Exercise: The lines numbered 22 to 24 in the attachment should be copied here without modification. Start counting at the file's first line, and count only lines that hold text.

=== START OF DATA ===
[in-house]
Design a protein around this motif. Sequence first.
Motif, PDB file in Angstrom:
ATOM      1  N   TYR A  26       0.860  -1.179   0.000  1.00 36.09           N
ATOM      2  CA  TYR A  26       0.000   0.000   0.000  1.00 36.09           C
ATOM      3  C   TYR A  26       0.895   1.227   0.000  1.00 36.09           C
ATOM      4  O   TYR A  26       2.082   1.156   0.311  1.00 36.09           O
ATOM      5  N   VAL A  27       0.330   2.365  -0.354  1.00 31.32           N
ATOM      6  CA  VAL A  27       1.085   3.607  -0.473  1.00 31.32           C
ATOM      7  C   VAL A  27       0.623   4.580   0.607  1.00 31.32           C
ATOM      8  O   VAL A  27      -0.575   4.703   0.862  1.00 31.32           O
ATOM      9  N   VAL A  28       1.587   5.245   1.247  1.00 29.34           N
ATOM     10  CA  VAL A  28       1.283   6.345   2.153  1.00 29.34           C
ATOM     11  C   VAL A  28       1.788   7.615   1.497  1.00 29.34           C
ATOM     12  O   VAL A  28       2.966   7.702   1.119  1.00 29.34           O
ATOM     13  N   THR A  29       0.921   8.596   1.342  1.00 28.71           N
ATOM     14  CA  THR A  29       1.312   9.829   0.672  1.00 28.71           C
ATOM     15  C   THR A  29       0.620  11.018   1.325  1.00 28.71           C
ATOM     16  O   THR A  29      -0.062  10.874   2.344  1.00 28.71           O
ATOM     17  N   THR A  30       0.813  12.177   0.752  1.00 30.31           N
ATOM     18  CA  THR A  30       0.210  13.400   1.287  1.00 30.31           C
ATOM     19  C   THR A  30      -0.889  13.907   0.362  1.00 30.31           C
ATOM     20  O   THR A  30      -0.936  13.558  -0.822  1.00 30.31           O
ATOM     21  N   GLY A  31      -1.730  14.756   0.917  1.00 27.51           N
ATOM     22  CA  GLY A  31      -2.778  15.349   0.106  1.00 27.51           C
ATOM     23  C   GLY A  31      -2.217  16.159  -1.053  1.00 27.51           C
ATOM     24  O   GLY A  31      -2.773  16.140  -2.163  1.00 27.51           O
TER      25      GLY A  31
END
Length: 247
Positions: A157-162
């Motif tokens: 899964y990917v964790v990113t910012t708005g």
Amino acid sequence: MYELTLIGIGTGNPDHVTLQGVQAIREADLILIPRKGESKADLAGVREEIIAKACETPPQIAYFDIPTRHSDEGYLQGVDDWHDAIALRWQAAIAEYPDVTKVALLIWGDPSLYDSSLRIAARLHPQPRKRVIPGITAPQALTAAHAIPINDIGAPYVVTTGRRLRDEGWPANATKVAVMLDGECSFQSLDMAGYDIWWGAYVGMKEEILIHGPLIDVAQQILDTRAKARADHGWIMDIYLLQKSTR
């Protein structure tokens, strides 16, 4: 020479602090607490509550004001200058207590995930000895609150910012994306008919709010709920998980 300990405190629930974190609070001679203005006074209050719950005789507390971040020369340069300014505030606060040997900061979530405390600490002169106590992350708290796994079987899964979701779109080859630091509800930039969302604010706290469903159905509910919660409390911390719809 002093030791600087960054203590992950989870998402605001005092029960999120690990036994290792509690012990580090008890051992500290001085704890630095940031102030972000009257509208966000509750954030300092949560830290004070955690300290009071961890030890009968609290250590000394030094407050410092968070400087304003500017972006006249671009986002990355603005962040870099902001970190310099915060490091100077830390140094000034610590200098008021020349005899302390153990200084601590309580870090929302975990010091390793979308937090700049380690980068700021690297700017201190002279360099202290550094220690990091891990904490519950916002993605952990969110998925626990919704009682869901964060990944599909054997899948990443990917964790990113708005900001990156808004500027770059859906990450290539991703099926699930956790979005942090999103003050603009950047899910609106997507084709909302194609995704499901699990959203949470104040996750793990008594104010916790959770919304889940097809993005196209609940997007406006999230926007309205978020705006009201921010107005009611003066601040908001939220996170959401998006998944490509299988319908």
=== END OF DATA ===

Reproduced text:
ATOM     19  C   THR A  30      -0.889  13.907   0.362  1.00 30.31           C
ATOM     20  O   THR A  30      -0.936  13.558  -0.822  1.00 30.31           O
ATOM     21  N   GLY A  31      -1.730  14.756   0.917  1.00 27.51           N